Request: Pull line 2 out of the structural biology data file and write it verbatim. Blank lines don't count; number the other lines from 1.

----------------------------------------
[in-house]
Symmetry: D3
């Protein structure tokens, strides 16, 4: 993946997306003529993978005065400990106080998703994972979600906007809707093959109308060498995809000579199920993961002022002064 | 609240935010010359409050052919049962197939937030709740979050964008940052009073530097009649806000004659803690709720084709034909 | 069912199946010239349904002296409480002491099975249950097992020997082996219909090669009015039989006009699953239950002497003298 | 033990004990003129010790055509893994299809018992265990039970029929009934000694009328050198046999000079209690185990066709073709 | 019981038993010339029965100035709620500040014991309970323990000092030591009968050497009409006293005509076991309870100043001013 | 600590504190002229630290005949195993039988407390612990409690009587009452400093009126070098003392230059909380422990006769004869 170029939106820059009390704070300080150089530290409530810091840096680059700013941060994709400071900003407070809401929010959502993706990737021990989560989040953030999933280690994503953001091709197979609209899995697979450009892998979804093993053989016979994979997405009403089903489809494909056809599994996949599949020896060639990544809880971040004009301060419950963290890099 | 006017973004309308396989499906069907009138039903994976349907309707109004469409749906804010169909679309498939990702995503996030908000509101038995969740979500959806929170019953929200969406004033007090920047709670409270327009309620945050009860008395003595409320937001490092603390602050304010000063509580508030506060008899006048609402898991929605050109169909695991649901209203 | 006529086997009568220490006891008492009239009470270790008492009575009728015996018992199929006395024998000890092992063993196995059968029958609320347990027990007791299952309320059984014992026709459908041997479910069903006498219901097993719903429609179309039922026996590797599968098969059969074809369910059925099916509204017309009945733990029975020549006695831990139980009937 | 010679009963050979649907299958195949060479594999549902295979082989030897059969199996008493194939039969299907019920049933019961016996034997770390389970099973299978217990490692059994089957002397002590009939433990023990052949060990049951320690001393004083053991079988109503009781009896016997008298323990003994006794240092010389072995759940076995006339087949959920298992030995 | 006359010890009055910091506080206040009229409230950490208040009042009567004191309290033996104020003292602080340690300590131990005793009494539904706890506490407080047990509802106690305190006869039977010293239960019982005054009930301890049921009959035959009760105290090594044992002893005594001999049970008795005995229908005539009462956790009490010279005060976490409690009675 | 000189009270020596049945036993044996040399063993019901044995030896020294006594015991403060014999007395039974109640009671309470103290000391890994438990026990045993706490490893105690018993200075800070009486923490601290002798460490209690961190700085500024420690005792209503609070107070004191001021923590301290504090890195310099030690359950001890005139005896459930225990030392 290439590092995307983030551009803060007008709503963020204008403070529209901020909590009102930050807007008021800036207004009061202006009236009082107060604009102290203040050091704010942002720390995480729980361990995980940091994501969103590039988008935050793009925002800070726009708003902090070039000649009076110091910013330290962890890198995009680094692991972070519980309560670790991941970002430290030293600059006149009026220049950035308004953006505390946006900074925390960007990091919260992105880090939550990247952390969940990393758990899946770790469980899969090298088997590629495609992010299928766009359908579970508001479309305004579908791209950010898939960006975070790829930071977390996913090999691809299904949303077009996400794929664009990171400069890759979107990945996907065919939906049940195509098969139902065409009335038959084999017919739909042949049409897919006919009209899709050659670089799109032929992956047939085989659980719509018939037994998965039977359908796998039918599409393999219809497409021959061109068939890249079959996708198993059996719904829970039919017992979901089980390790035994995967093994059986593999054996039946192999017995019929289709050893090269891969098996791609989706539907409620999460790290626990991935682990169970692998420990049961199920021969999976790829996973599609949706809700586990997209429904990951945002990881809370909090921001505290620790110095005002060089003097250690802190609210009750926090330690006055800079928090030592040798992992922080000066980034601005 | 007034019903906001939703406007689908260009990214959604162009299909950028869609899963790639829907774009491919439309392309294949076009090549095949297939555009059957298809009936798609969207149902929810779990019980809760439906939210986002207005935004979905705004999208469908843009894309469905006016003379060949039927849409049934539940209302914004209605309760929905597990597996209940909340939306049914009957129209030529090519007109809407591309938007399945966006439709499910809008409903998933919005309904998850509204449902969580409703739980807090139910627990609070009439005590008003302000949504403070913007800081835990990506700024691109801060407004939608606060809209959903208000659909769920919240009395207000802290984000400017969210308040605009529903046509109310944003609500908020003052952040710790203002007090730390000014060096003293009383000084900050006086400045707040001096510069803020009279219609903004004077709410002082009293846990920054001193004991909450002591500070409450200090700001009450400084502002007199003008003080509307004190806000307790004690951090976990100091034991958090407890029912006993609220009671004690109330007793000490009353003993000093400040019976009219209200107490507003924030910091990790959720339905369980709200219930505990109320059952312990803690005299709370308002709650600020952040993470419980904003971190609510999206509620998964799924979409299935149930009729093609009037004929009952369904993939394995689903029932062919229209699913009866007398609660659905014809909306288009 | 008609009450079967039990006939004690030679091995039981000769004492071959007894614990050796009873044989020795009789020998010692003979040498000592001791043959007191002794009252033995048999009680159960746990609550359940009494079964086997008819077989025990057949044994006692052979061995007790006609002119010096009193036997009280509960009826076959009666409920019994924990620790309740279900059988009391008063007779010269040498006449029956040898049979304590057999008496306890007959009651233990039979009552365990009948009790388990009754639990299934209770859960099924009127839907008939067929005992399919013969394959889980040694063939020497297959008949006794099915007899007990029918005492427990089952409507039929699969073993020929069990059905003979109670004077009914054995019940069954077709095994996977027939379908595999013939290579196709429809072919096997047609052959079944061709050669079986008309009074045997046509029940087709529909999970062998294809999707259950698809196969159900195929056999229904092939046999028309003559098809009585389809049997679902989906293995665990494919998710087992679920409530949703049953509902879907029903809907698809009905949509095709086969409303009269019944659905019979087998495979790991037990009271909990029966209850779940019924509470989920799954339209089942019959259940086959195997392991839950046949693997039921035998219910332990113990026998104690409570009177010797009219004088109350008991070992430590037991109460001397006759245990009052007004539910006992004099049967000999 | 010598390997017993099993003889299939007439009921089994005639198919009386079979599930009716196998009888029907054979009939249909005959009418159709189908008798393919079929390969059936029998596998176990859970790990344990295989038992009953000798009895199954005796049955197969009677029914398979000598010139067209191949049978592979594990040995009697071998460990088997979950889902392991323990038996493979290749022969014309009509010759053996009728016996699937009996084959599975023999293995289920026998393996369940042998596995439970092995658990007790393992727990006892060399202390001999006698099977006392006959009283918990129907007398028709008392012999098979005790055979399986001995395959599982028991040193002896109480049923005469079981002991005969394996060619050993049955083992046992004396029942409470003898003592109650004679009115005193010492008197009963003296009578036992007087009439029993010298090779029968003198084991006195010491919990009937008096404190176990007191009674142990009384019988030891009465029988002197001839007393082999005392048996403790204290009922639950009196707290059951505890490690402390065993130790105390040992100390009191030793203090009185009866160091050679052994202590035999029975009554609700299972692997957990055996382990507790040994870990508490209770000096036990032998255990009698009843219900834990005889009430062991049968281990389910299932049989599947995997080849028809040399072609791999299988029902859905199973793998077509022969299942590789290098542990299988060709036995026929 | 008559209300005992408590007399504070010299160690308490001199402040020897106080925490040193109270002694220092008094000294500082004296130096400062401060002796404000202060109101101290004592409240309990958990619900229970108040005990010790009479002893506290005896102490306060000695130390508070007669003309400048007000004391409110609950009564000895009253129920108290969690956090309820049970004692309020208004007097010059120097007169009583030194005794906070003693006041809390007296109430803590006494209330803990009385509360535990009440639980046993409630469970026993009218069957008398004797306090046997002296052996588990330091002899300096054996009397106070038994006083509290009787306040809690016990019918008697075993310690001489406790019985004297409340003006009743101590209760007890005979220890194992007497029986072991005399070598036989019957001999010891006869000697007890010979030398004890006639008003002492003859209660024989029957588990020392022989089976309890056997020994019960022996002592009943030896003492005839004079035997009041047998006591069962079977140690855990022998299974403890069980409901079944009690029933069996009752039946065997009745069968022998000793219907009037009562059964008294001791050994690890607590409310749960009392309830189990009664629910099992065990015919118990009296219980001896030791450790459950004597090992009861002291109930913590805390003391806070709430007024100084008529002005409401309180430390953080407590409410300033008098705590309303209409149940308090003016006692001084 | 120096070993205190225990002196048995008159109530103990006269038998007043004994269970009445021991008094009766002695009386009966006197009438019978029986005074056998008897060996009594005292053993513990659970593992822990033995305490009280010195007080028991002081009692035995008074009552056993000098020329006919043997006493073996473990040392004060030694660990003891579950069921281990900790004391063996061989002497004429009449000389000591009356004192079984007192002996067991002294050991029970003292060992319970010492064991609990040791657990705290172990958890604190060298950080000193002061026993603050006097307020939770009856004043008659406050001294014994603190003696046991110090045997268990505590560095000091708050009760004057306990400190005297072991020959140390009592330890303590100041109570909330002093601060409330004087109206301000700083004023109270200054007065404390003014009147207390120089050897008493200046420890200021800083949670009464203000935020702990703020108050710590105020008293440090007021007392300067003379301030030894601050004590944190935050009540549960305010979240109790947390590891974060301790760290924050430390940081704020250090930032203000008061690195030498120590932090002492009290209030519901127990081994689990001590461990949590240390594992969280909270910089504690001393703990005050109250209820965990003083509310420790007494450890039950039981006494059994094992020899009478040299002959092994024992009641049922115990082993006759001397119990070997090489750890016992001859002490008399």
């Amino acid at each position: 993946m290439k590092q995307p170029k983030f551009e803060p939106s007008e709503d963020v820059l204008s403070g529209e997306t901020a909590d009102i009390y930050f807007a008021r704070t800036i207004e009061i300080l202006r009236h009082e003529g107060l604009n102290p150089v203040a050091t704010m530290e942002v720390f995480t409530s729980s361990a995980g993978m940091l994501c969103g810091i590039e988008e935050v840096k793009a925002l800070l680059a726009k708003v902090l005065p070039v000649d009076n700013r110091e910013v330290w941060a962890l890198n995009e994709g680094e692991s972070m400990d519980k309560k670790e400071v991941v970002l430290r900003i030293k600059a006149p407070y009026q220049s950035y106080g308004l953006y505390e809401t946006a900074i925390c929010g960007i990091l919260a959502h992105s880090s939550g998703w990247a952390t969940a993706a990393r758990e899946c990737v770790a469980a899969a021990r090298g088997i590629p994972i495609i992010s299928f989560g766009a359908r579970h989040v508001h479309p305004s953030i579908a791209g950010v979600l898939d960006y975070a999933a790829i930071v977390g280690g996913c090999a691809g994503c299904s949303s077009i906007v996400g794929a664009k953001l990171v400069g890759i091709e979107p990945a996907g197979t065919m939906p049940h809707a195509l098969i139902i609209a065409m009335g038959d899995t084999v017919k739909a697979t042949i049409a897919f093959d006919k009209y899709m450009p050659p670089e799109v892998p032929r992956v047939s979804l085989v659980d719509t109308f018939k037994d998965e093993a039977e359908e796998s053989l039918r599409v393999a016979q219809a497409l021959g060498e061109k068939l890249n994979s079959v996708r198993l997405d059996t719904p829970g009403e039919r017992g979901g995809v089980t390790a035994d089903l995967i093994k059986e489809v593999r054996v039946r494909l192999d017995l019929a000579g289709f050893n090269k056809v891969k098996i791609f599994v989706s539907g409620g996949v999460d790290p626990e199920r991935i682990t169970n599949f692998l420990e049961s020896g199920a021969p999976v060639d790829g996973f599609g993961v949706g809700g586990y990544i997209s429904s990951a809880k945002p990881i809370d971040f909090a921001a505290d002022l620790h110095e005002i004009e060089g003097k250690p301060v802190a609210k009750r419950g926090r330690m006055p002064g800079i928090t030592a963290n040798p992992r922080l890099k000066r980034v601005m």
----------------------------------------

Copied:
Symmetry: D3